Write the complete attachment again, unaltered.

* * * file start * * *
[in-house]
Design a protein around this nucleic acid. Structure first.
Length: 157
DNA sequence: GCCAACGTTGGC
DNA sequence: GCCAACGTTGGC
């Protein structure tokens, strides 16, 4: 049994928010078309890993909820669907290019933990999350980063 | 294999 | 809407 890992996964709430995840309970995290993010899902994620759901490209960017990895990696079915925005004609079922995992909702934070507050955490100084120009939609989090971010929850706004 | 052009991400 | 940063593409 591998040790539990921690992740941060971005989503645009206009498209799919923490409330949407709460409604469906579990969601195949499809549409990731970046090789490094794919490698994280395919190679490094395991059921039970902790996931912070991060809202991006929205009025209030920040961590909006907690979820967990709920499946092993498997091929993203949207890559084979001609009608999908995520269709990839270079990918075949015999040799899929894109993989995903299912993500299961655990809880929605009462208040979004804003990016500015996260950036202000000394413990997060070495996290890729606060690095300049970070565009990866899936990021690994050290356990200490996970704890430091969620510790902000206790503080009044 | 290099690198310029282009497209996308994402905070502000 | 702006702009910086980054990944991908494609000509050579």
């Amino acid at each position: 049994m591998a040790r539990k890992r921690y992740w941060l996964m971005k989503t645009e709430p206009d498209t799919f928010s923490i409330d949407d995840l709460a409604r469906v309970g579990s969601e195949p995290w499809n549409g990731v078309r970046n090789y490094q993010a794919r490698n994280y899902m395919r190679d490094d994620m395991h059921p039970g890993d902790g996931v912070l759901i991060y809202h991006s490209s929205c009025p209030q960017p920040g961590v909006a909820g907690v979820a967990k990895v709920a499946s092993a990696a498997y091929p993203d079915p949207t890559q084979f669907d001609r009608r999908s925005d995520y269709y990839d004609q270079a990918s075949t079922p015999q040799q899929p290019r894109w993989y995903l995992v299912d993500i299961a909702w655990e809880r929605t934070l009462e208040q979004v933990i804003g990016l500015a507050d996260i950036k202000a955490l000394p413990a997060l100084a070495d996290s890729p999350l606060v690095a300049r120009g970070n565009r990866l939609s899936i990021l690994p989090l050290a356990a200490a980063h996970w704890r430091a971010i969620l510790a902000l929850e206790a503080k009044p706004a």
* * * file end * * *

[in-house]
Design a protein around this nucleic acid. Structure first.
Length: 157
DNA sequence: GCCAACGTTGGC
DNA sequence: GCCAACGTTGGC
């Protein structure tokens, strides 16, 4: 049994928010078309890993909820669907290019933990999350980063 | 294999 | 809407 890992996964709430995840309970995290993010899902994620759901490209960017990895990696079915925005004609079922995992909702934070507050955490100084120009939609989090971010929850706004 | 052009991400 | 940063593409 591998040790539990921690992740941060971005989503645009206009498209799919923490409330949407709460409604469906579990969601195949499809549409990731970046090789490094794919490698994280395919190679490094395991059921039970902790996931912070991060809202991006929205009025209030920040961590909006907690979820967990709920499946092993498997091929993203949207890559084979001609009608999908995520269709990839270079990918075949015999040799899929894109993989995903299912993500299961655990809880929605009462208040979004804003990016500015996260950036202000000394413990997060070495996290890729606060690095300049970070565009990866899936990021690994050290356990200490996970704890430091969620510790902000206790503080009044 | 290099690198310029282009497209996308994402905070502000 | 702006702009910086980054990944991908494609000509050579």
């Amino acid at each position: 049994m591998a040790r539990k890992r921690y992740w941060l996964m971005k989503t645009e709430p206009d498209t799919f928010s923490i409330d949407d995840l709460a409604r469906v309970g579990s969601e195949p995290w499809n549409g990731v078309r970046n090789y490094q993010a794919r490698n994280y899902m395919r190679d490094d994620m395991h059921p039970g890993d902790g996931v912070l759901i991060y809202h991006s490209s929205c009025p209030q960017p920040g961590v909006a909820g907690v979820a967990k990895v709920a499946s092993a990696a498997y091929p993203d079915p949207t890559q084979f669907d001609r009608r999908s925005d995520y269709y990839d004609q270079a990918s075949t079922p015999q040799q899929p290019r894109w993989y995903l995992v299912d993500i299961a909702w655990e809880r929605t934070l009462e208040q979004v933990i804003g990016l500015a507050d996260i950036k202000a955490l000394p413990a997060l100084a070495d996290s890729p999350l606060v690095a300049r120009g970070n565009r990866l939609s899936i990021l690994p989090l050290a356990a200490a980063h996970w704890r430091a971010i969620l510790a902000l929850e206790a503080k009044p706004a």